A few years ago I kept seeing ads for a medicine called Truvada for PrEP that helps prevent the spread of HIV through sex. Amazing! I even wrote an article about it! Now, several years later, another option is on the market called Descovy for PrEP.
What is PrEP?
PrEP stands for pre-exposure prophylaxis, and is a once daily pill taken to help lower the risk of getting HIV through sex. HIV is NOT the same thing as AIDs. HIV is a virus that takes over cells in the body of an infected person and weakens the immune system, making it impossible for the virus to get cleared out of the infected person. HIV can be spread through certain bodily fluids such as blood, semen, pre-seminal fluid or pre-cum, rectal fluids, vaginal fluids, and breast milk. People can become infected with HIV by sharing a needle or having unprotected sex with someone who is infected with HIV.
AIDS is the final stage of HIV. A person is diagnosed with AIDS if or when their immune system is no longer working the way it should. HIV turns into AIDS if the virus is untreated and weakens the immune system over time.\
How does Descovy work with PrEP?
Someone who is HIV negative, but has a partner who is HIV positive would be a great candidate for Descovy, because it prevents the spread of HIV through sex. Descovy works almost exactly as Truvada does, however, there is one main difference in the medications. Descovy is not for people assigned female at birth, as no clinical trials have been done on these participants. Truvada trials have been done on people assigned female at birth, however, you should consult your doctor before becoming pregnant or breastfeeding while on Truvada, as HIV can be spread through breast milk. But back to Descovy!
Before taking Descovy, you must receive a negative HIV test. Once you start taking your prescription, it is recommended to get tested about every three months for STDs, including HIV. Other STDs can make you more likely to contract HIV, so regular testing along with taking PrEP regularly is the way to go. Descovy lowers the chance of getting HIV through sex, however, it doesn’t prevent any other STDs, again making those regular tests oh so important. If you take Descovy and have a monogamous partner who also knows their STD status, you likely wouldn’t need to be tested as often.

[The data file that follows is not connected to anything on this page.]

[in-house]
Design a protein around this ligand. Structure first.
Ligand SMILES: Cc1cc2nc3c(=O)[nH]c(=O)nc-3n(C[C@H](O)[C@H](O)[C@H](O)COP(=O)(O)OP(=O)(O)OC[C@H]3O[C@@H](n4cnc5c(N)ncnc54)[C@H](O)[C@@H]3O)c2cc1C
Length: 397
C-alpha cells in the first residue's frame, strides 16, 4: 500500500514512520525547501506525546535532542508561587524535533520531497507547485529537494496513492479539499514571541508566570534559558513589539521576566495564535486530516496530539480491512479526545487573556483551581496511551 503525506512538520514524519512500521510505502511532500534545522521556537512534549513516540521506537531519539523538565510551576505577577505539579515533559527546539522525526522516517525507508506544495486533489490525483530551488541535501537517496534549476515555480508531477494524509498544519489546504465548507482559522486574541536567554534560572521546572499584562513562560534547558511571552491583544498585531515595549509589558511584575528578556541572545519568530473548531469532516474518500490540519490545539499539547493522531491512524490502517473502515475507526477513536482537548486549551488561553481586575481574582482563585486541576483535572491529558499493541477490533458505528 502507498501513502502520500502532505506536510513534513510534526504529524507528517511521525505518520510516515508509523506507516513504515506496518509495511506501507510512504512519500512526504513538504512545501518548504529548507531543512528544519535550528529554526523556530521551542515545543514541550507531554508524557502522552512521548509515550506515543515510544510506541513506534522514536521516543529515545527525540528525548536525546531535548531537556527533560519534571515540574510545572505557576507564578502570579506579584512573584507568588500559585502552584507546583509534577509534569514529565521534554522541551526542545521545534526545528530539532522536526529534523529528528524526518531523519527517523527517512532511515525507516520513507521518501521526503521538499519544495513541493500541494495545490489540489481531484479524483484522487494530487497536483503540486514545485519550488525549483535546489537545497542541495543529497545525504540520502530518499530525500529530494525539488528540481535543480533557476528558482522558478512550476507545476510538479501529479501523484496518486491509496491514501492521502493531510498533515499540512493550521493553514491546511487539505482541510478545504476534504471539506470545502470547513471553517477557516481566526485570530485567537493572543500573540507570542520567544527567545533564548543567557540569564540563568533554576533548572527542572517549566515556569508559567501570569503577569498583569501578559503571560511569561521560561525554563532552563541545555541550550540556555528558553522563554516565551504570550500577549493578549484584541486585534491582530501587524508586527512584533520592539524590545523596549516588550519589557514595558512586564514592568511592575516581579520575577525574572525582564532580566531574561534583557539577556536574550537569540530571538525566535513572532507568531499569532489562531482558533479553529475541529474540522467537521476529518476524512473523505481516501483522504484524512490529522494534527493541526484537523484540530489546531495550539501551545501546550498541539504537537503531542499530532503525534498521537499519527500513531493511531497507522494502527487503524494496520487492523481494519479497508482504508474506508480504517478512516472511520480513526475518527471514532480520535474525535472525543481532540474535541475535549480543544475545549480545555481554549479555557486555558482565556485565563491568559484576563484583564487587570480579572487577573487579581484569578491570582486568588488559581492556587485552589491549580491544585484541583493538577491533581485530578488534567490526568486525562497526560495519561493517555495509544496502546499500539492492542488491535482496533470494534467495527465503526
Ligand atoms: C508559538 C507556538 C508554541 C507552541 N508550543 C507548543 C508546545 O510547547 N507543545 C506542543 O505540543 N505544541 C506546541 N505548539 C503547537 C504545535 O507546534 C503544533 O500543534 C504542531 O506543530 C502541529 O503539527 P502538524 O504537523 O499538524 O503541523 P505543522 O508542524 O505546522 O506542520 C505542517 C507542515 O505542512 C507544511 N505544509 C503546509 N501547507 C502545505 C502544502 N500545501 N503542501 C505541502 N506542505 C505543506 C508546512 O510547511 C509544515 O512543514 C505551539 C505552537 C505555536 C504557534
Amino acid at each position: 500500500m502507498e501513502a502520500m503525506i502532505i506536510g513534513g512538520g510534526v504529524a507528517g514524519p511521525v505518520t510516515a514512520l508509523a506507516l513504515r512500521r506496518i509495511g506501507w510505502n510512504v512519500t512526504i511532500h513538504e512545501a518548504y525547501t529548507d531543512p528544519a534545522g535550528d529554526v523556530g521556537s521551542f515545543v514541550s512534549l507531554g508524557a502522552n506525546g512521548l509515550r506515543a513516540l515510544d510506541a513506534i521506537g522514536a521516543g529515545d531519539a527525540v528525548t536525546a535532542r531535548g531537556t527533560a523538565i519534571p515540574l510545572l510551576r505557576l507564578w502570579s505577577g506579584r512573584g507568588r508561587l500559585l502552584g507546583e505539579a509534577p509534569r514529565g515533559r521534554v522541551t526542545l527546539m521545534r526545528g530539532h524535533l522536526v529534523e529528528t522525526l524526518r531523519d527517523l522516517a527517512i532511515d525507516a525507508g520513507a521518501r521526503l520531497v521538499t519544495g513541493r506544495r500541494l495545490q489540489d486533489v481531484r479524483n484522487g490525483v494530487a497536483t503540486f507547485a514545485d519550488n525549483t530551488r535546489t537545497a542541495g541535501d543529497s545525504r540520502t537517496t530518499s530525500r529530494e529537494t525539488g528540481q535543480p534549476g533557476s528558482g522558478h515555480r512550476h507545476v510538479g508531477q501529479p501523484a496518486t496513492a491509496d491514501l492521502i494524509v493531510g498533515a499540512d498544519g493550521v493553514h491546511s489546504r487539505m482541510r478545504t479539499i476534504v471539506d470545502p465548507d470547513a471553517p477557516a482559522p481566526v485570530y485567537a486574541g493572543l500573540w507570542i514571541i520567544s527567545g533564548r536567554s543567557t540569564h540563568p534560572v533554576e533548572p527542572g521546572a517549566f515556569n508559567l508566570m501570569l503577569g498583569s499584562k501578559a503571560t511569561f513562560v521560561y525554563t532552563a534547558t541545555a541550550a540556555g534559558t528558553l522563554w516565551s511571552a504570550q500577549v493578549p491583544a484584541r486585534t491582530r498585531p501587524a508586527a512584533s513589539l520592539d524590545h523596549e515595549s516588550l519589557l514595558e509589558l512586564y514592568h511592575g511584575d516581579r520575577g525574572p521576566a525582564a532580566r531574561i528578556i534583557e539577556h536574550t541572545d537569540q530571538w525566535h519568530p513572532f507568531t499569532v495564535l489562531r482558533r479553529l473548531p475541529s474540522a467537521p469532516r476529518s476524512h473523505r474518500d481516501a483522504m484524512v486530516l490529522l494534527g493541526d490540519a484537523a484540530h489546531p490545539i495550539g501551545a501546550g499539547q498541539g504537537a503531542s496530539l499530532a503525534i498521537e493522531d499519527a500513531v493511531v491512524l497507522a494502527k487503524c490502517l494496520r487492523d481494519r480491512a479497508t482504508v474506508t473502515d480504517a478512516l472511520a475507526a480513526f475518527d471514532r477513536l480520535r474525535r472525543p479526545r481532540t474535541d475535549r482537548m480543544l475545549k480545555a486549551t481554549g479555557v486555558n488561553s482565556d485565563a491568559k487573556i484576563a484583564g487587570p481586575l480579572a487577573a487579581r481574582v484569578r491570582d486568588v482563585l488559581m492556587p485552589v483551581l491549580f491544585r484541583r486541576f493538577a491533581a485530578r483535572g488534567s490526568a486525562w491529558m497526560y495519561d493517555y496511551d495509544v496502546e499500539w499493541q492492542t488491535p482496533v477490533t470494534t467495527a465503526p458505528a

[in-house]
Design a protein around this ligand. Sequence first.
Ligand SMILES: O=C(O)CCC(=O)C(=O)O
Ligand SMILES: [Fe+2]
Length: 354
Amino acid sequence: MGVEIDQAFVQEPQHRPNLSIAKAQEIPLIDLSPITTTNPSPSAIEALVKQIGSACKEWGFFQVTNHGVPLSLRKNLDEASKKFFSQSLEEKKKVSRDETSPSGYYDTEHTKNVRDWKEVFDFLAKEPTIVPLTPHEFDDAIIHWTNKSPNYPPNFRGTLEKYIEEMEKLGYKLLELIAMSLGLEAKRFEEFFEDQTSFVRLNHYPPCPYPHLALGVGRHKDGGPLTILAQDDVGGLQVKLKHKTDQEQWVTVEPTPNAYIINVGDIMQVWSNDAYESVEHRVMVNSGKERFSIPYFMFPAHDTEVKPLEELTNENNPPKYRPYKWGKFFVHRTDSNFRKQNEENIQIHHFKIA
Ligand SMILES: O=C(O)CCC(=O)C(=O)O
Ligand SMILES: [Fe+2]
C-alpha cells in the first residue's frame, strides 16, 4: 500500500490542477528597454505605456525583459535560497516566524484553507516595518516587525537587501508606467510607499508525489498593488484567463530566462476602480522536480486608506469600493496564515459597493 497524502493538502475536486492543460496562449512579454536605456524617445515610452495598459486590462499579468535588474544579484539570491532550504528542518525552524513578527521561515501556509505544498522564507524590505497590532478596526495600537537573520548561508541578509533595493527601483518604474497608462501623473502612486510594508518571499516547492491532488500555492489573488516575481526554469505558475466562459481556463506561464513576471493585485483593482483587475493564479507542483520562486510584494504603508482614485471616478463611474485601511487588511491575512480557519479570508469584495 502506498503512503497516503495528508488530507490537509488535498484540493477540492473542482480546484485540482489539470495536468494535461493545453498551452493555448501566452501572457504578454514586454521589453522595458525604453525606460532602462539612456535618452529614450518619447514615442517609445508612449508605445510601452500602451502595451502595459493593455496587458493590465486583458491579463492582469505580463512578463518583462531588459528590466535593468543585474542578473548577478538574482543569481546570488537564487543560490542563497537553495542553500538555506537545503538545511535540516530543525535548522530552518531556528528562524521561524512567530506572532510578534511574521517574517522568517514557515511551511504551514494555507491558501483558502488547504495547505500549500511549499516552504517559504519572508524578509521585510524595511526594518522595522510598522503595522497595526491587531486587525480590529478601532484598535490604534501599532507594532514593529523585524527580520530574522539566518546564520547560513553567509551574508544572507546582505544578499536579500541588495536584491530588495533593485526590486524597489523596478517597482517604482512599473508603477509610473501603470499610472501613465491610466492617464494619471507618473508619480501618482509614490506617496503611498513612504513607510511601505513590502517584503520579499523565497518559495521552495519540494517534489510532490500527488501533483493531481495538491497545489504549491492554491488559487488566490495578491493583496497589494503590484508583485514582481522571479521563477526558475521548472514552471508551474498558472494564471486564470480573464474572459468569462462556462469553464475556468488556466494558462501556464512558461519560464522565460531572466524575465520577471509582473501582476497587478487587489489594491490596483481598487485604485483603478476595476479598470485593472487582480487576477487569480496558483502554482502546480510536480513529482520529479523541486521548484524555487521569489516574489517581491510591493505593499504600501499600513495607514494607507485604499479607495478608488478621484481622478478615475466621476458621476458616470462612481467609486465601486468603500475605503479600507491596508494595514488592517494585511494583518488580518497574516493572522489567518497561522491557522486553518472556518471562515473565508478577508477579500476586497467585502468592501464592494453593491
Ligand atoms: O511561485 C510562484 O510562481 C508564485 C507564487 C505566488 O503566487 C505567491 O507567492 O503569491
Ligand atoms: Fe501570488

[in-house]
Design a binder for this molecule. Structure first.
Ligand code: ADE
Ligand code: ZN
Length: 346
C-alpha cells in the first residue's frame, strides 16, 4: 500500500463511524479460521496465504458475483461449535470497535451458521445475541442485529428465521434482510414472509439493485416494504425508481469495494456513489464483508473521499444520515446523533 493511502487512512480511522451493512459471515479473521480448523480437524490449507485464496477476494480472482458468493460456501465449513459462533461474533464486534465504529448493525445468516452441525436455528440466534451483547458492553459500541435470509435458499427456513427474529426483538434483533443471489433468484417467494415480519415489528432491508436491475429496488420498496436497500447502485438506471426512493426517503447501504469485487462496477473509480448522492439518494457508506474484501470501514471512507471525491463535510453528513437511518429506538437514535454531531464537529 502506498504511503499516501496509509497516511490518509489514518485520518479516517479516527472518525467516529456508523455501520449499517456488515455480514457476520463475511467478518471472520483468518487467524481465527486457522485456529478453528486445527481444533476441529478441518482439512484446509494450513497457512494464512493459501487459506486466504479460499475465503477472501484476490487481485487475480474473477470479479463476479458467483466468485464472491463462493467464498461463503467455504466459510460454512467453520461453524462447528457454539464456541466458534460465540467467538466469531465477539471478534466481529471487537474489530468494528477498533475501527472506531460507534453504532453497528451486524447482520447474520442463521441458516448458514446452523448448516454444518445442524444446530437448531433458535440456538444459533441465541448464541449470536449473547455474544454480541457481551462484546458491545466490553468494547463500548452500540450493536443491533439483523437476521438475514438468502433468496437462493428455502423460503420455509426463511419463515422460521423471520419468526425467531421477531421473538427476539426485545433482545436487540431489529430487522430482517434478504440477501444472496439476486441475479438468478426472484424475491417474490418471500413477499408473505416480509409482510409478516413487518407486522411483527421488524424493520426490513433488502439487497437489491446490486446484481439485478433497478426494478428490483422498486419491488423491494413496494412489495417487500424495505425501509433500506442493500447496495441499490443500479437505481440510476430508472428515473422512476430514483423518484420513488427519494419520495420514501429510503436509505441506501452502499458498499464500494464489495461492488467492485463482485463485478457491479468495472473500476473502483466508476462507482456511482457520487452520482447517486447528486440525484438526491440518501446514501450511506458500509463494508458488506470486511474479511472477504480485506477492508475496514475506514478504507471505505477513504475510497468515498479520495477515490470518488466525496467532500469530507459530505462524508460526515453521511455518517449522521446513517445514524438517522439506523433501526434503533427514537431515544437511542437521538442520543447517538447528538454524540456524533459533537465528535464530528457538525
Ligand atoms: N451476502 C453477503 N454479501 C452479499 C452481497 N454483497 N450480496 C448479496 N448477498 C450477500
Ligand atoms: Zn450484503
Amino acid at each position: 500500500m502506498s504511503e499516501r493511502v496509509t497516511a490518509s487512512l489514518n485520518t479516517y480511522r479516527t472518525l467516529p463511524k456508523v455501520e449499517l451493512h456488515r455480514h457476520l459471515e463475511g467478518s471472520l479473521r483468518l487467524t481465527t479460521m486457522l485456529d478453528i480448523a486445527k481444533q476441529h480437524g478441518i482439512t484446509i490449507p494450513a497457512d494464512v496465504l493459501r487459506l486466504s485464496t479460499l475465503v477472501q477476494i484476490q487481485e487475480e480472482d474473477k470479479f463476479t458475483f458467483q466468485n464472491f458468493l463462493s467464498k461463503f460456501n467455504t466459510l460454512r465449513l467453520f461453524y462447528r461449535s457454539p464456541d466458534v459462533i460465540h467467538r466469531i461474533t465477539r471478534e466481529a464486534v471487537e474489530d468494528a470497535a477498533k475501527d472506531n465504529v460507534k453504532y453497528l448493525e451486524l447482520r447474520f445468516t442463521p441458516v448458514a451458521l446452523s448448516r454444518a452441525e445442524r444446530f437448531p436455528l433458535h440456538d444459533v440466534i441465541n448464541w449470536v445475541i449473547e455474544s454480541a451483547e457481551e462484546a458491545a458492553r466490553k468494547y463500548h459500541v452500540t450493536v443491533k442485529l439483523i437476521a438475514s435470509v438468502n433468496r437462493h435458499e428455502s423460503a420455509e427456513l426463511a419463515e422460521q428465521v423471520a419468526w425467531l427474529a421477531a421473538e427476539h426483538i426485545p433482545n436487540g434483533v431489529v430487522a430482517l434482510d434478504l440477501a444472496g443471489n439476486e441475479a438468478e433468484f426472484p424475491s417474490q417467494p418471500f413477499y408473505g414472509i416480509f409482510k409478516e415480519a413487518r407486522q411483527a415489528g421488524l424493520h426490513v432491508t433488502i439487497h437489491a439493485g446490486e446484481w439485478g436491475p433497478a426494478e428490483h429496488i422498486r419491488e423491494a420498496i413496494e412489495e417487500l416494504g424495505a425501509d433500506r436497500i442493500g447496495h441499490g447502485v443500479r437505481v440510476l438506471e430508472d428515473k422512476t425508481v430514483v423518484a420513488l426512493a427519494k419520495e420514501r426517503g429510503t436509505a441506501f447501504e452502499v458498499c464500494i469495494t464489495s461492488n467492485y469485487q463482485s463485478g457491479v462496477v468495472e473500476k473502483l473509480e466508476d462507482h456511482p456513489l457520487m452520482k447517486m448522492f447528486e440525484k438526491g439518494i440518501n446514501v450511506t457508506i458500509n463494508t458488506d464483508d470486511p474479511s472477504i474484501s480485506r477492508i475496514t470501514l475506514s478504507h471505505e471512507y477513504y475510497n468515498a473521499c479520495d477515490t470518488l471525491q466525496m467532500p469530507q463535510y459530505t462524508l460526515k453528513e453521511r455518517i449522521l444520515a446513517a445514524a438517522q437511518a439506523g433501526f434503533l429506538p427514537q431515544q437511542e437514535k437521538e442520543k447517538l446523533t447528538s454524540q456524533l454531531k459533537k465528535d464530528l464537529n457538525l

What are the side effects of Descovy?
When used correctly in a clinical trial, 99.7% of participants stayed HIV negative. Heck yeah! As with any medication, there are some potential side effects. The side effects for Descovy and Truvada are nearly identical. Side effects for Descovy include the possibility of worsening Hepatitis B, so be sure to tell your health care provider all of your current medications and health status before starting Descovy. Side effects also include potential kidney problems, too much lactic acid in your blood, as well as liver problems. More mild side effects include nausea or headache.
The Descovy website has a bunch of detailed information on how to find a healthcare provider to help you determine if Descovy is right for you, as well as ways to stay on top of your daily pill intake, including a daily pill tracker to help you never miss a dose. There is also information on the cost and coverage for Descovy on their website.
Having more options for PrEP medications and HIV prevention through sex is huge and exciting! Again, Descovy is not for people assigned female at birth, but it’s a great option for other people at risk of being exposed to HIV. If you think Descovy is a good option for you or your partner(s), visit their website to find a recommended healthcare provider.
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